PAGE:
Presentation Tips – How to give feedback

How do you give feedback? … Carefully.

We all have egos. None of us like to be told we’re bad at things. So how do you go about telling people they are rubbish at something and need to improve?

The reason I’m bothering to write this is that we do this every day, and we think we’re good at it.

But we notice that most people aren’t. In fact some people are just terrible. After delivering a rehearsal of a presentation a while ago the speaker was told that they looked like a “Stormtrooper from EasyJet.”

Now the comment was sort of right. The poor guy looked a bit over-groomed and had waved his arms around in a way that did remind you of the “emergency exits are situated here…” bit in the safety briefing. But what did saying this to him achieve? It destroyed his confidence, made him feel bad, and did nothing to improve his performance.

It is a common truth that people fear delivering presentations to their bosses more than their clients. But sadly they are often right to worry. Senior people often say exactly what they are thinking… Well it’s the truth isn’t it?

What they miss is quite how rude this can sound, and how it doesn’t help them do a good job.

But having people around you who can give you good feedback is incredibly valuable in any workplace.

I started watching other people’s films in the cutting room over 20 years ago. Filmmaking is a collaborative art and there are very few people who can judge their own films really well. You get too close to the material. It has meanings for you that are not there for the viewer. So my job was to watch like a viewer, help make everything clearer and maximise the impact for the audience. A typical example of how those close to the material can miss the obvious was one of the first viewings I ever went to. A film about Goya. Two minutes in Alan Yentob who was viewing the directors first cut, said, “You haven’t said he’s from Spain.” Whoops.

That’s just what we do now in presentations.

I’m sure I’ve offended and upset hundreds of people over the years. As in all things, there is a range of human responses from the grateful and collaborative to those that fight over every word. But films are different to public speaking. A film is a thing. If you are paid to get it right and you don’t think it’s right you have to change it. Even if the director is sitting in a corner sticking pins in a doll that looks a bit like you. My greatest regrets were when I knew I was right, but persuaded otherwise…. You sit at home and your heart sinks as you watch it go out. Why didn’t I change that?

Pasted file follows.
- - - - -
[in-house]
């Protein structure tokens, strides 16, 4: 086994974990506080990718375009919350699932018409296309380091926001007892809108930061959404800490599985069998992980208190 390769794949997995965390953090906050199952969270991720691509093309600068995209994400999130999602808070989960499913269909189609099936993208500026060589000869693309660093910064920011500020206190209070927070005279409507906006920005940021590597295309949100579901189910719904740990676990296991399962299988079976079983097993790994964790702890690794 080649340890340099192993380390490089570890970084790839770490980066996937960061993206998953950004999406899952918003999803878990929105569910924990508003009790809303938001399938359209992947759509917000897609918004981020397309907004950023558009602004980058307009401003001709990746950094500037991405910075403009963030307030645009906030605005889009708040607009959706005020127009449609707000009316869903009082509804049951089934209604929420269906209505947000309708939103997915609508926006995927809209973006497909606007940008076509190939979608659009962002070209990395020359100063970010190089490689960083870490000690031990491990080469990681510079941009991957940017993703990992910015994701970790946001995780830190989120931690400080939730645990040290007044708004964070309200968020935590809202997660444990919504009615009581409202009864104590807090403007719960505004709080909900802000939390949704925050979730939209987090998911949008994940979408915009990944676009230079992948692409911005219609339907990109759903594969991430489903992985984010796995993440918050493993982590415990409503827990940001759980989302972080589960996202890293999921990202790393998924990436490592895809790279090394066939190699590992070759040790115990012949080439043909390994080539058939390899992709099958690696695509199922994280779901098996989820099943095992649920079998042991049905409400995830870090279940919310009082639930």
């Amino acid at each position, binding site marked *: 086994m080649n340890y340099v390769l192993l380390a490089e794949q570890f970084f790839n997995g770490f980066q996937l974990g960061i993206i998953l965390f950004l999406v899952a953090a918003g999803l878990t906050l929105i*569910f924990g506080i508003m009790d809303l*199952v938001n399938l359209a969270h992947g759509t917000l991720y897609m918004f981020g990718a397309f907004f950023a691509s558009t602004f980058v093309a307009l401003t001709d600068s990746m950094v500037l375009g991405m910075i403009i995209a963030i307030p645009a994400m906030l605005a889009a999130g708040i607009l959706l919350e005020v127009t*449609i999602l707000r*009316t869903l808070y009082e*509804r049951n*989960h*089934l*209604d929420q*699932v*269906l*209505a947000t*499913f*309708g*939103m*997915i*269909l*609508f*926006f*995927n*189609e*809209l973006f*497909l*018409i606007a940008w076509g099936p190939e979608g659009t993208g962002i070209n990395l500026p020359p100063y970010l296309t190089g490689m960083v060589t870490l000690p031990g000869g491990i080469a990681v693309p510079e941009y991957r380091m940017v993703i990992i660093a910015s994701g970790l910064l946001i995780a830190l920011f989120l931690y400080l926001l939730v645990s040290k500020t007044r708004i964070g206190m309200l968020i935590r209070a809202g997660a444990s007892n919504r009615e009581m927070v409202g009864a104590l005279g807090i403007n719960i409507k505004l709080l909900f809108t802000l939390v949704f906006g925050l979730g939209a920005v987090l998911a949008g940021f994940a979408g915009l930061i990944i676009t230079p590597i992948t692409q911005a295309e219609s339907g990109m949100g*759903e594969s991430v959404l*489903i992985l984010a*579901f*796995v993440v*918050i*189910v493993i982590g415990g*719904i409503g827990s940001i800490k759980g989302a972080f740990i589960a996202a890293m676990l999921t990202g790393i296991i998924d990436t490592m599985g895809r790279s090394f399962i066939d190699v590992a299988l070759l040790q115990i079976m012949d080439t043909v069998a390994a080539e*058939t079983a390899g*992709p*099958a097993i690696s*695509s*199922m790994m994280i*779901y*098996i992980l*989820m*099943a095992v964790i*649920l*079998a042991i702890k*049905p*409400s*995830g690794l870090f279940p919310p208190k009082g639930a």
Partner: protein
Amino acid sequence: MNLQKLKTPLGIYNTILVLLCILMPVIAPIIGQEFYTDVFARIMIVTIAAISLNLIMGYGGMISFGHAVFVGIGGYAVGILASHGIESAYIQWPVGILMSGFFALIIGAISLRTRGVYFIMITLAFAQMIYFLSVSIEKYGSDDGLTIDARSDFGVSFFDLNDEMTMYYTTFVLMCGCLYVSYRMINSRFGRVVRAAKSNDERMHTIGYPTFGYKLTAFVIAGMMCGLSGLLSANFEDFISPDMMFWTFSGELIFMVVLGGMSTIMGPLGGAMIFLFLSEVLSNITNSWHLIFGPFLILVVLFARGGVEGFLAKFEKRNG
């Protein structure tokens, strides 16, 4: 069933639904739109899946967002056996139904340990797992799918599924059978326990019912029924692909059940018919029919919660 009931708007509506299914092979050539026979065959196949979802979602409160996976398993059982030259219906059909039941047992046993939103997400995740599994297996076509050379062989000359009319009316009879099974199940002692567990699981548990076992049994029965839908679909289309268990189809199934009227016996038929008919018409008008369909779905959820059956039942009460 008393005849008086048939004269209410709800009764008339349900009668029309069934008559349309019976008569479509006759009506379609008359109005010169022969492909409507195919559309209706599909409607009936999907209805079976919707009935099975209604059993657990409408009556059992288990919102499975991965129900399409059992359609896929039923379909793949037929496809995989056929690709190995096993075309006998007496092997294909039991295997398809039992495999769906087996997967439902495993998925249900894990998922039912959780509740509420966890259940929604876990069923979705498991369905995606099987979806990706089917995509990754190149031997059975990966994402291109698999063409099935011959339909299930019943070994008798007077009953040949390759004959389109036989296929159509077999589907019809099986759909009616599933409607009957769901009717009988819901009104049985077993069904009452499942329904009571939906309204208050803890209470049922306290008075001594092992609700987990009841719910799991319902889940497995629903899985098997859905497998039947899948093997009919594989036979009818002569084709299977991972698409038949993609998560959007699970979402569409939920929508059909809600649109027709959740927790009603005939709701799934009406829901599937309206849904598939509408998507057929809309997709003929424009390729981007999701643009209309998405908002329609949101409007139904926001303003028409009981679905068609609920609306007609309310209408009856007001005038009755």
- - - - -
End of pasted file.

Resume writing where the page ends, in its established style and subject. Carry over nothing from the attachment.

But public speaking is different. It’s a performance so there are two things going on – content and delivery. The content must be right, but it doesn’t have to be perfect. The delivery must also be right, and for that you need confidence.

So what are some simple principles for giving good feedback?

1. Your attitude says “This will be great”

Disappointment and worry are not helpful. Unless you are going to sack someone, you have to make this work. The objective is to get them to feel good. So try this, “This is going to be great.” (It’s not, it’s rubbish, but how will saying that help?)

2. Think hard about what this talk is trying to achieve.

Keep asking yourself, am I getting that message?

3. Find positive things for the speaker to do.

Not criticisms, “You talk too fast” but, “If you slow down it will be clearer.” “I loved the story you told but if you give a little more information it will be clearer.” “I think the content is great but I wasn’t always clear where you were going. If you give some clear signposting “There are three topics, No 1…” that would really help me.”

4. Tell them to do more of the stuff that works.

“When you spoke from the heart it sounded great. Do more of that.”

4. Use the greatest feedback question there is. “What are you trying to say?”

Bizarrely, when you have listened to something confusing and opaque and you ask this question, you nearly always get a clear response. A response so clear that it usually leads to you saying, “That’s great. Just say that.”

Also when you are trying to find how to express something ask yourself the same question. It often leads to short, blunt sentences that really hit home.

5. Keep returning to what is important.

Am I getting the key messages? Is it clear what you want me to do?

Towards the end of a day we will stop giving “notes” and start just being encouraging. No speech is ever perfect but a confident person is convincing. So confidence is the aim.

Sounds easy?

Like all skills, the more you do it, the better you get. Why not be the person in the office who people turn to and say, “Can I do this pitch to you? I want some feedback.”

I’m curious as to why giving feedback is something that people want to know about. Please take a moment and comment below on why you have been looking for advice.

I will be very grateful.